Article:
Featured Food: Tamarind

February 18, 2019
By: Coral Dabarera Edelson, MS, RD


Tamarind: An Internationally Beloved Fruit

What is tamarind?

Though often thought of as a fruit, tamarind is a pod-like legume produced from the Tamarindus indica tree. The pulp of the pod as well as the seeds and leaves of the tree are edible. Tamarindus indica is indigenous to Africa, but its fruit is found all around the world in African, Caribbean, Latin American, and Asian cuisines and traditional medicines.

It is a beloved treat eaten raw, and an ingredient in beverages, curries, chutneys, sauces, and desserts. Tamarind’s sweet and sour yet savory flavor is extolled by culinary superstar chef Yotam Ottelenghi as one of his “secret ingredients” for “injecting savory flavor into your cooking.” (1).

Tamarind can be purchased in raw pod form, a paste, or in a block of pulp. It's also found in supplements and powdered form. Candied tamarind is a popular treat. In addition, Tamarind has been researched as a treatment in a variety of conditions, including hyperlipidemia and type 2 diabetes.

Can tamarind be a part of a healthy diet?

Tamarind contains vitamins A, C, E and K. It is also a source of magnesium. Three 3” x 1” pods (about how much one could eat in a sitting) provides 6 mg magnesium, 14 kcals, and 3 g sugar. One quarter cup serving of raw tamarind pulp provides 27.5 mg or 7-8% DV of magnesium (2). Tamarind is an ingredient in many culture’s traditional medicines.

Tamarind and Heart Health

One study conducted on hamsters with high cholesterol that were fed diets with tamarind fruit extract experienced decreases in serum triglyceride, LDL-C and total cholesterol (3). Another study found that obesity-induced rats experienced a decrease in body weight, serum cholesterol, and triglycerides and a significant increase in HDL-cholesterol after being treated with an ethanolic extract of tamarind (4).

Tamarind and Type 2 Diabetes

Tamarind has been used in traditional medicines to treat diabetes in a variety of cultures, including in Uganda, Trinidad and Tobago, and India (5 , 6). One study in diabetes-induced rats found that when treated with seed extract of tamarind, β-cell cells of the pancreas appeared to function better, and a positive correlation with insulin release was observed after 4 weeks (7). Another study found similar results after 14 days with an ethanolic seed extract of tamarind in diabetes-induced rats (8).

Tamarind holds a promising future for clinical applications, is a beloved ingredient in many cultures foods and medicines, and is delicious! Pick up a jar of tamarind paste at your local grocery store or Asian or Latin American market, and try adding it to a favorite recipe for an unexpected pop of flavor.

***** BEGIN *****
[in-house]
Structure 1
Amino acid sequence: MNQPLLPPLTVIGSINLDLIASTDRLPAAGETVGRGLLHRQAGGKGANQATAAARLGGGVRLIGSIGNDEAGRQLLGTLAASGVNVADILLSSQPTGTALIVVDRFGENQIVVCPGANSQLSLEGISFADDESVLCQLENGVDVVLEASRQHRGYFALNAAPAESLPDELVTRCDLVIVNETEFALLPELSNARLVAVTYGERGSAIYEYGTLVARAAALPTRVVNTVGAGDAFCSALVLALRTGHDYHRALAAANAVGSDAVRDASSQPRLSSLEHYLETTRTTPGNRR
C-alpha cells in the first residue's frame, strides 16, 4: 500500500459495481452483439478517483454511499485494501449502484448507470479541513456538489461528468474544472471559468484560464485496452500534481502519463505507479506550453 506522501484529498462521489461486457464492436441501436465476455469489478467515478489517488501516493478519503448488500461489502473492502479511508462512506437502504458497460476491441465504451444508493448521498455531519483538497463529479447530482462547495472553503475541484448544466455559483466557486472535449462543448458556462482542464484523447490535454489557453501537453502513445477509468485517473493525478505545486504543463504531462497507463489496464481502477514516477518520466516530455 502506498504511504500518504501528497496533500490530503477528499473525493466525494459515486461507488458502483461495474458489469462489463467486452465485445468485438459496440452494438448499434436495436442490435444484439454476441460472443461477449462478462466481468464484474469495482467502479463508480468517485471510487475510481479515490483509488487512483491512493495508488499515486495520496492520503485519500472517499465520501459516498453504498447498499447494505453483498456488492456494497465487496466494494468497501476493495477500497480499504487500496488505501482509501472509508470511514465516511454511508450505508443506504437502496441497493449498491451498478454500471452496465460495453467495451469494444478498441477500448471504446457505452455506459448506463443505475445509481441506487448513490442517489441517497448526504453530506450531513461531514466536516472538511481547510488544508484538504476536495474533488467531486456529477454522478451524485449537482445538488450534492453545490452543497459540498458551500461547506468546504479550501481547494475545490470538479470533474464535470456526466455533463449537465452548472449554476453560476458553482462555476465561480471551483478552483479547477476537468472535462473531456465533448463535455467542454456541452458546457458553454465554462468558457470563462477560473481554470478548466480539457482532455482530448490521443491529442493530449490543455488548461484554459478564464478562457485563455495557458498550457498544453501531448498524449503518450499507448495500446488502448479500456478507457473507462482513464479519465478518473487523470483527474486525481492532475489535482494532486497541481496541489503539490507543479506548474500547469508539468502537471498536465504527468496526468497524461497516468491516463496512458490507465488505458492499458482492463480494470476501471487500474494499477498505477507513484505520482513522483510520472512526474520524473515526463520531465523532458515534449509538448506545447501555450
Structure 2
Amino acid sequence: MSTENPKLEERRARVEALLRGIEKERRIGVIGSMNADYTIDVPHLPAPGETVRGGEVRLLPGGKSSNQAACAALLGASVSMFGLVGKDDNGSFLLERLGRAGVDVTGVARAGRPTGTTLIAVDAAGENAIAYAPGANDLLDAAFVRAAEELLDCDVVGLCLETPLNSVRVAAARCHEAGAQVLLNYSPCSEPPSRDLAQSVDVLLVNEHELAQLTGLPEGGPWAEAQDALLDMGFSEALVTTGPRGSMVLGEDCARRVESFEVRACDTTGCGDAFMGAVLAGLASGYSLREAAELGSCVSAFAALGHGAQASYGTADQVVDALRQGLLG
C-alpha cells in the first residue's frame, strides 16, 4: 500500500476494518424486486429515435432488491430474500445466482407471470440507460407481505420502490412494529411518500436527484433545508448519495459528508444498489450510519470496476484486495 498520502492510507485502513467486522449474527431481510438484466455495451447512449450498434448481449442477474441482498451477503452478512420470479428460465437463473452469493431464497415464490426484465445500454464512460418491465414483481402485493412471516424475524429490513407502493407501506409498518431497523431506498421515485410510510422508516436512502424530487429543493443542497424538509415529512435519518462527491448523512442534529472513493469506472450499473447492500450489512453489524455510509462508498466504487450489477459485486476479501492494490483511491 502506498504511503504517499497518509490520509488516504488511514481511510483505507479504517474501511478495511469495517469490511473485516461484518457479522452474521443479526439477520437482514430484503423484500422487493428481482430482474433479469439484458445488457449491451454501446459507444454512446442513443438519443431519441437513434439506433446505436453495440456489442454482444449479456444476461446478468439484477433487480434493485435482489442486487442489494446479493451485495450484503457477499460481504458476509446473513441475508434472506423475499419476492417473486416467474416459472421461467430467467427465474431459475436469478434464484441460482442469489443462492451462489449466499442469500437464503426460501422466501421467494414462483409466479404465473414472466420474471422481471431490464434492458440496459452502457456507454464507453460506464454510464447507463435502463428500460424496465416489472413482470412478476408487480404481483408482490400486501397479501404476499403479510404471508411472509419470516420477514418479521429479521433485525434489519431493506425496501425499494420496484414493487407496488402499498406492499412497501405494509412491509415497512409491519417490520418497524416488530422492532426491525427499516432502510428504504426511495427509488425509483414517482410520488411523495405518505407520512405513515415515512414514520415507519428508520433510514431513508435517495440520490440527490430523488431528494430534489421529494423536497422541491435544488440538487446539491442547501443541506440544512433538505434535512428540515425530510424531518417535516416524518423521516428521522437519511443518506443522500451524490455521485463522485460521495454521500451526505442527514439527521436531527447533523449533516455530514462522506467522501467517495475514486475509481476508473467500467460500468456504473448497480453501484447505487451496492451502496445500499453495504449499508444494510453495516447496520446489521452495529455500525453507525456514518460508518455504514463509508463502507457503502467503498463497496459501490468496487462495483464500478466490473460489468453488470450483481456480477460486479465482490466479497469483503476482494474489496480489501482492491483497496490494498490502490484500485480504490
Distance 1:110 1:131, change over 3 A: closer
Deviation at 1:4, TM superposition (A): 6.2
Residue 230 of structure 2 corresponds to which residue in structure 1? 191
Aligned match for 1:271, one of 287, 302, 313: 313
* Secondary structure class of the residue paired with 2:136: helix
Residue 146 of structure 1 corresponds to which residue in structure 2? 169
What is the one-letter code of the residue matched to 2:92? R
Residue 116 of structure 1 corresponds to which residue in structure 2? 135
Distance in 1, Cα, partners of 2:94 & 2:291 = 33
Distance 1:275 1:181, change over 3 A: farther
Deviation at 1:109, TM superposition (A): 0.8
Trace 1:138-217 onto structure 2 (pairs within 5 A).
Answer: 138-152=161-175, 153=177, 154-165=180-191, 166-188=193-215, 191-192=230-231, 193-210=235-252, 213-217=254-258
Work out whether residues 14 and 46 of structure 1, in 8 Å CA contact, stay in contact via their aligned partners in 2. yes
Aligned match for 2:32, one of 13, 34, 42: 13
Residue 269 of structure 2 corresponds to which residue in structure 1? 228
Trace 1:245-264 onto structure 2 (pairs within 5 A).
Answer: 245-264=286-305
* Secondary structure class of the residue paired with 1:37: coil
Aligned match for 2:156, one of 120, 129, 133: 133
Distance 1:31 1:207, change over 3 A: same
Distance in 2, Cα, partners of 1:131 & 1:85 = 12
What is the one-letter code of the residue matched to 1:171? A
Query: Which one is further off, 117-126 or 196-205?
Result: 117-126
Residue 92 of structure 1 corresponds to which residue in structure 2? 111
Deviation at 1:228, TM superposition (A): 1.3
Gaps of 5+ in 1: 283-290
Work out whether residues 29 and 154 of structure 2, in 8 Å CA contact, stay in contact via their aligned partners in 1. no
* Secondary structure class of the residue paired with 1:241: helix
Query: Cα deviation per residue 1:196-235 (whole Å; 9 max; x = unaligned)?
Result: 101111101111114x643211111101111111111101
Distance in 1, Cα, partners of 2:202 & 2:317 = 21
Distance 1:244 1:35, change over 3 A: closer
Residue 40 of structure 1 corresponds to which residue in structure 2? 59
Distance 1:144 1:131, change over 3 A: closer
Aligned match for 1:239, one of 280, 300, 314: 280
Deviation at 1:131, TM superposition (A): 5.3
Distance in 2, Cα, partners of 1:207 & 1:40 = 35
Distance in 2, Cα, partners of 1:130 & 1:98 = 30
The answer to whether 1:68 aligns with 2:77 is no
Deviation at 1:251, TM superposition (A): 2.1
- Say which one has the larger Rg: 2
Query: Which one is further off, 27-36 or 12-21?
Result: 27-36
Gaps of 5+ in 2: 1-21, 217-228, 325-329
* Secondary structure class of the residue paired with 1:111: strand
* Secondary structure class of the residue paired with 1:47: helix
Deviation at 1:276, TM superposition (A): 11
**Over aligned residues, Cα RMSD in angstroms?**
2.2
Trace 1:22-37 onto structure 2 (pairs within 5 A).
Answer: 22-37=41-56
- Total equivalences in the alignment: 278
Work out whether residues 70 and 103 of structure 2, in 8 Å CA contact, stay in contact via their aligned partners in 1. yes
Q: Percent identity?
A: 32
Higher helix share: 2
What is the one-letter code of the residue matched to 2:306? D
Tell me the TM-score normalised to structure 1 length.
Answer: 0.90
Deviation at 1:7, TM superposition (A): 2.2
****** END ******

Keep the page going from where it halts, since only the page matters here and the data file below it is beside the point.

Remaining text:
1. Thomson, J. (2014, October 17). Ottolenghi's New Book 'Plenty More' Was Worth The Wait, And We Have Recipes To Prove It.
  2. Basic Report, Tamarinds, Raw.” USDA Food Composition Databases, 2018.
  3. Lim, C., Junit, S., Aziz, A., Jayapalan, J., & Hashim, O. (2018). The hypolipidemic effects of Tamarindus indica fruit pulp extract in normal and diet‐induced hypercholesterolemic hamsters are associated with altered levels of serum proteins. ELECTROPHORESIS39(23), 2965–2973.
  4. Jindal, V., Dhingra, D., Sharma, S., Parle, M., & Harna, R. (2011). Hypolipidemic and weight reducing activity of the ethanolic extract of Tamarindus indica fruit pulp in cafeteria diet- and sulpiride-induced obese rats. Journal of Pharmacology and Pharmacotherapeutics2(2), 80–84.
  5. Ebifa-Othieno, E., Mugisha, A., Nyeko, P., & Kabasa, J. (2017). Knowledge, attitudes and practices in tamarind (Tamarindus indica L) use and conservation in Eastern Uganda. Journal of Ethnobiology and Ethnomedicine13(1), 5.
  6. Lans, C. (2006). Ethnomedicines used in Trinidad and Tobago for urinary problems and diabetes mellitus. Journal of Ethnobiology and Ethnomedicine2, 45.
  7. Sole, S., Srinivasan, B., & Akarte, A. (2013). Anti-inflammatory action of Tamarind seeds reduces hyperglycemic excursion by repressing pancreatic β-cell damage and normalizing SREBP-1c concentration. Pharmaceutical Biology, 51(3), 350–360.
  8. Bhadoriya, S., Ganeshpurkar, A., Bhadoriya, R., Sahu, S., & Patel, J. (2018). Antidiabetic potential of polyphenolic-rich fraction of Tamarindus indica seed coat in alloxan-induced diabetic rats. Journal of Basic and Clinical Physiology and Pharmacology, 29(1), 37–45.